|Reviews & Columns
TV on DVD
Reviews by Studio
Collector Series DVDs
Easter Egg Database
DVD Talk Radio
The M.O.D. Squad
DVD Talk Forum
DVD Price Search
Customer Service #'s
- producer/director Dan Komar
If you have even a small amount of knowledge about the gay porn industry (and if you're still reading this sentence, I'm betting you do), I don't need to tell you that Bel Ami is not only the king of Europe, but one of a handful of strongly branded companies that has managed to stay successful for nearly two decades. Founded in 1993 in the Slovak Republic, it built its empire on three pillars: The athletic twink, a model type that became its signature; bright colors; and a sense of fun and frolic. It's a recipe that many others in the industry soon mimicked, resulting in a glut of copycats that flooded (and cheapened) the market. It's into this world that Finnish filmmaker Markku Heikkinen placed his cameras, documenting the lives of a few models and producers that live in the shadows of the more successful company they've tried to emulate.
A narrator sets the stage, nothing that the fall of the Berlin Wall and the subsequent Velvet Revolution ushered in a new freedom of expression--one that Bel Ami founder George Duroy capitalized on, using his "commercial" style with bright lights and colors to create an overnight success. The new models--which at the time represented a fresh new look--grew up under the pressure of socialism and represented "naturalism", hinting at a wild and uninhibited side that helped them become a huge hit in Europe and a huge draw for the Western porn consumer.
But as we quickly learn, the filmmaker has no interest in the glamour of Bel Ami; this documentary is about the have-nots (an opening clip at a convention teases us with figure skater-turned porn star Brad Patton, an intriguing story that goes unexplored here). As the years passed, the imitators grew--and casting agents went to the gyms, discos and the streets to find fresh meat. The radius had now expanded, reaching beyond the Czech Republic, Slovakia, Hungary and Romania to also include Poland, the Baltic countries and Russia. Caught in dire circumstances, these young men--many of whom identified themselves as straight--viewed this as a rare opportunity for escape, a job that provided a necessary paycheck. While the instant results proved fruitful, the lasting effects of the business--from shame and confusion to drugs and alcohol--are the ones Heikkinen hones in on. These young men are being exploited and swallowed whole by the industry, which is more interested in instant gratification (read: $$$) than career building.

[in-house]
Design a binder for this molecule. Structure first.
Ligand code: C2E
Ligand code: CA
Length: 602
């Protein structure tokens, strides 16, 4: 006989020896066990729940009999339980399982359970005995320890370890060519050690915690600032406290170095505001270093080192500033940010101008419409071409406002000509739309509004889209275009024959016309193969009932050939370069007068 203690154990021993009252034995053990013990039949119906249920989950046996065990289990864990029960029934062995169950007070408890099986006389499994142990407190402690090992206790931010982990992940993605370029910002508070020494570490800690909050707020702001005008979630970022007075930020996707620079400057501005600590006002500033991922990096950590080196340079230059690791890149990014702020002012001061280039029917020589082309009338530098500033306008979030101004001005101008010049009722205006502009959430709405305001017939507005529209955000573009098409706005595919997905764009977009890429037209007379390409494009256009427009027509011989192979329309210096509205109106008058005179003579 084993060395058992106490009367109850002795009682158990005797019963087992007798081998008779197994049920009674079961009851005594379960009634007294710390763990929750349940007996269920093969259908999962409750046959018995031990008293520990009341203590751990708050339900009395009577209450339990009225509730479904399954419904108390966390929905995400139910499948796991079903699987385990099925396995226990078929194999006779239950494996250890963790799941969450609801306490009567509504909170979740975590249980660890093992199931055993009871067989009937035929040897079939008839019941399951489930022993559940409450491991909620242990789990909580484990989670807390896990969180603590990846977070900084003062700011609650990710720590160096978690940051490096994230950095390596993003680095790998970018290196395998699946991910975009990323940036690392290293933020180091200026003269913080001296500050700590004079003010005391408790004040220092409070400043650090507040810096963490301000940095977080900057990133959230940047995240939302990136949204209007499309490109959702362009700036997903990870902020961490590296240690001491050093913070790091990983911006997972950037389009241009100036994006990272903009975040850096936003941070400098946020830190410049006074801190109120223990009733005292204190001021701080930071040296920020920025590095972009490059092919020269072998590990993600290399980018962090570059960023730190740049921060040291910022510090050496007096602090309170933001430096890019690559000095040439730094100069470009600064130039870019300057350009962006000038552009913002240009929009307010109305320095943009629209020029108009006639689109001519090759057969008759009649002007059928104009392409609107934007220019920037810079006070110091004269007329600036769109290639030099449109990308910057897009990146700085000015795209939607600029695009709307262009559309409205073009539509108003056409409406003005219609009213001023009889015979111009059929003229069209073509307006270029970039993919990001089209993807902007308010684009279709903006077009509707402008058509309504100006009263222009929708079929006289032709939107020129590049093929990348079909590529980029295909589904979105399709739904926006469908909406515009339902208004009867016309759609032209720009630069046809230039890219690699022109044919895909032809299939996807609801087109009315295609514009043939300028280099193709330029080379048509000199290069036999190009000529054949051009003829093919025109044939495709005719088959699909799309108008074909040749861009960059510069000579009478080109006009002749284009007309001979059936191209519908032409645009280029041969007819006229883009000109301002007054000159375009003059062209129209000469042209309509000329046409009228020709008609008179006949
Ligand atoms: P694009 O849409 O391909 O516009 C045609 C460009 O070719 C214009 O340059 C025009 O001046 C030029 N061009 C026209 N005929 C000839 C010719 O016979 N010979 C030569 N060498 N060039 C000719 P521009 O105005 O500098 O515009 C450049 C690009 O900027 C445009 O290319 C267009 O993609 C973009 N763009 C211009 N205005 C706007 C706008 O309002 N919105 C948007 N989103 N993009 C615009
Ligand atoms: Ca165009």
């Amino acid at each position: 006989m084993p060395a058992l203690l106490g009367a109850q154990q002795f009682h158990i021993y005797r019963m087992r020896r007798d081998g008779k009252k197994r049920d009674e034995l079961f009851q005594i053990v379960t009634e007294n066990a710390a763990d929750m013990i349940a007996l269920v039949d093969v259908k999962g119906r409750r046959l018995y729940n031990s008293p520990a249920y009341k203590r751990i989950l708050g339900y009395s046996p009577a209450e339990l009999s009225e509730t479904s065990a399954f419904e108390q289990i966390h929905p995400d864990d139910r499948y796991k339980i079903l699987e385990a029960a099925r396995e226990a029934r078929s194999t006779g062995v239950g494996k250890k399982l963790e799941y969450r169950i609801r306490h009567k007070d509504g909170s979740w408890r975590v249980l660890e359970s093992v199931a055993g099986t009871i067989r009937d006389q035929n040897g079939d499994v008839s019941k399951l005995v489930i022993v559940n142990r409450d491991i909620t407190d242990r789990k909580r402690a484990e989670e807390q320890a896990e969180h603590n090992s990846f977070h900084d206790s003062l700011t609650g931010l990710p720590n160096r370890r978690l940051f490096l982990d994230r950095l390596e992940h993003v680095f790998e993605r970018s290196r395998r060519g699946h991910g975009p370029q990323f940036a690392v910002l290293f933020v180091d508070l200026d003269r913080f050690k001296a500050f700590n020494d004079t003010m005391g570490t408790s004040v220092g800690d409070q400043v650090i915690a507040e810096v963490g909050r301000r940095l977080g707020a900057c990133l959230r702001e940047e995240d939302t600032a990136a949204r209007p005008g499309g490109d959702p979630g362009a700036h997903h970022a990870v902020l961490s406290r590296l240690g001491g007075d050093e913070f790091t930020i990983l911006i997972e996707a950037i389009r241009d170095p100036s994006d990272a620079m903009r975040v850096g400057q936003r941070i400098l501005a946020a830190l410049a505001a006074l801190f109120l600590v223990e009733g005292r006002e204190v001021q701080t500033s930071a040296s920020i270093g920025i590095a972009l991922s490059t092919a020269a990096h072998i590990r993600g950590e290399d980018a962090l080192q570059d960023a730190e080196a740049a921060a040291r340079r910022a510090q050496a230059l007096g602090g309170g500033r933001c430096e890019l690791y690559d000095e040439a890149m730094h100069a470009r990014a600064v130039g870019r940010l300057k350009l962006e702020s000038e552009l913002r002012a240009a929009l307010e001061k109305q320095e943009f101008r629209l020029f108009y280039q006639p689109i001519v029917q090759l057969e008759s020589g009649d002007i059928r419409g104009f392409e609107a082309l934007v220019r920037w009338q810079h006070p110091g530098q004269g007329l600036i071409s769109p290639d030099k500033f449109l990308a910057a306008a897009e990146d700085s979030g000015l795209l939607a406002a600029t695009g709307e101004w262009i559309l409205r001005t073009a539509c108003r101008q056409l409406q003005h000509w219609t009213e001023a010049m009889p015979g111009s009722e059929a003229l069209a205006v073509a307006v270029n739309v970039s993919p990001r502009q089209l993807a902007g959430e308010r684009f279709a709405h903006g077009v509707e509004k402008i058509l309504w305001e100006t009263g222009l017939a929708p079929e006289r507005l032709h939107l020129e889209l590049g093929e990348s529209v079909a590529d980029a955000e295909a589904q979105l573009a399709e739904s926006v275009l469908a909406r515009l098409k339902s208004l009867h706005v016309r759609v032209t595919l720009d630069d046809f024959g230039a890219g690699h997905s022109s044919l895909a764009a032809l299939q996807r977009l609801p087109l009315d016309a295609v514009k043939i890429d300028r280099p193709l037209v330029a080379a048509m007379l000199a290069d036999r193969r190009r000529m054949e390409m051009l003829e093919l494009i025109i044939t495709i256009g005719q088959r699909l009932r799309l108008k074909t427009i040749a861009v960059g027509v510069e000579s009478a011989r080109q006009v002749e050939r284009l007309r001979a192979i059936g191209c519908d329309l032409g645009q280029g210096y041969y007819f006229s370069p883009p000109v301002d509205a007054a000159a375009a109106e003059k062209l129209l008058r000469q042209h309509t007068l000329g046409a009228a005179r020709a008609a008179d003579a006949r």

It takes a little time adjusting to the director's style, which is frequently too artsy and heavy-handed. Long lingering shots of the bleak surroundings are effective and fit the film's tone, but become too predictable and obvious after a while (other angles and shots hint at artistic ambitions, like a vase of flowers on a moving train). The subjects and stories here are powerful enough; he doesn't need visual tricks to influence our emotions. All Boys is also pretty disjointed and unorganized--we jump from industry trade shows to film shoots to apartments to the streets without much sense of structure or purpose, the director a little lost within the huge landscape. This film raises a lot of questions but doesn't answer many of them, and it doesn't make the best use of its short 72 minutes.
Sequences don't flow very logically (we get a handful of chapter titles like "Business", "New Faces" and "Relationships"), while fleeting descriptors of names and places flash across the screen far too fast. We're often lost here, with Heikkinen doing virtually nothing to support much flow (the segments with porn consumers relating their fascination aren't very strong and feel unnecessary). The narration often feels too large and generic, slapped on in an attempt at forcing some connective tissue: "The rise of porn is linked with industrialism and changes in social and family structure. The porn market could not exist without the birth of the so-called 'free consumer', a free individual on the common market."